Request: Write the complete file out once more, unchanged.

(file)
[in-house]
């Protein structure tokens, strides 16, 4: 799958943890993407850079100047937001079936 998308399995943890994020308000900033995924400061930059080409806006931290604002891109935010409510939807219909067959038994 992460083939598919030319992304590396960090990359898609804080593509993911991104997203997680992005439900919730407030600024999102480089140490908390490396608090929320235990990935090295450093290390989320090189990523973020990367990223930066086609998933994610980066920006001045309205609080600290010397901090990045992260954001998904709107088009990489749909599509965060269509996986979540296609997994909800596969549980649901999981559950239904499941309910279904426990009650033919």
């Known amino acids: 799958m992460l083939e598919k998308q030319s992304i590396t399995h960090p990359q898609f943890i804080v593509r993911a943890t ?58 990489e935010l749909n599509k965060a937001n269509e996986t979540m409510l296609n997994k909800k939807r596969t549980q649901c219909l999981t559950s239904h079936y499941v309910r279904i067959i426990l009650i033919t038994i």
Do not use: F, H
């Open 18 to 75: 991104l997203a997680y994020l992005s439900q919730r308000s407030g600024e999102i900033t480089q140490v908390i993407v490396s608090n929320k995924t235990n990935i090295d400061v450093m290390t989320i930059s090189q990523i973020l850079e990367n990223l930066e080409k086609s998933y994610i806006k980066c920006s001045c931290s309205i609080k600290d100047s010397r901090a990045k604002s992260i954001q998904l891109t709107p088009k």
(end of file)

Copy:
[in-house]
């Protein structure tokens, strides 16, 4: 799958943890993407850079100047937001079936 998308399995943890994020308000900033995924400061930059080409806006931290604002891109935010409510939807219909067959038994 992460083939598919030319992304590396960090990359898609804080593509993911991104997203997680992005439900919730407030600024999102480089140490908390490396608090929320235990990935090295450093290390989320090189990523973020990367990223930066086609998933994610980066920006001045309205609080600290010397901090990045992260954001998904709107088009990489749909599509965060269509996986979540296609997994909800596969549980649901999981559950239904499941309910279904426990009650033919």
């Known amino acids: 799958m992460l083939e598919k998308q030319s992304i590396t399995h960090p990359q898609f943890i804080v593509r993911a943890t ?58 990489e935010l749909n599509k965060a937001n269509e996986t979540m409510l296609n997994k909800k939807r596969t549980q649901c219909l999981t559950s239904h079936y499941v309910r279904i067959i426990l009650i033919t038994i």
Do not use: F, H
């Open 18 to 75: 991104l997203a997680y994020l992005s439900q919730r308000s407030g600024e999102i900033t480089q140490v908390i993407v490396s608090n929320k995924t235990n990935i090295d400061v450093m290390t989320i930059s090189q990523i973020l850079e990367n990223l930066e080409k086609s998933y994610i806006k980066c920006s001045c931290s309205i609080k600290d100047s010397r901090a990045k604002s992260i954001q998904l891109t709107p088009k």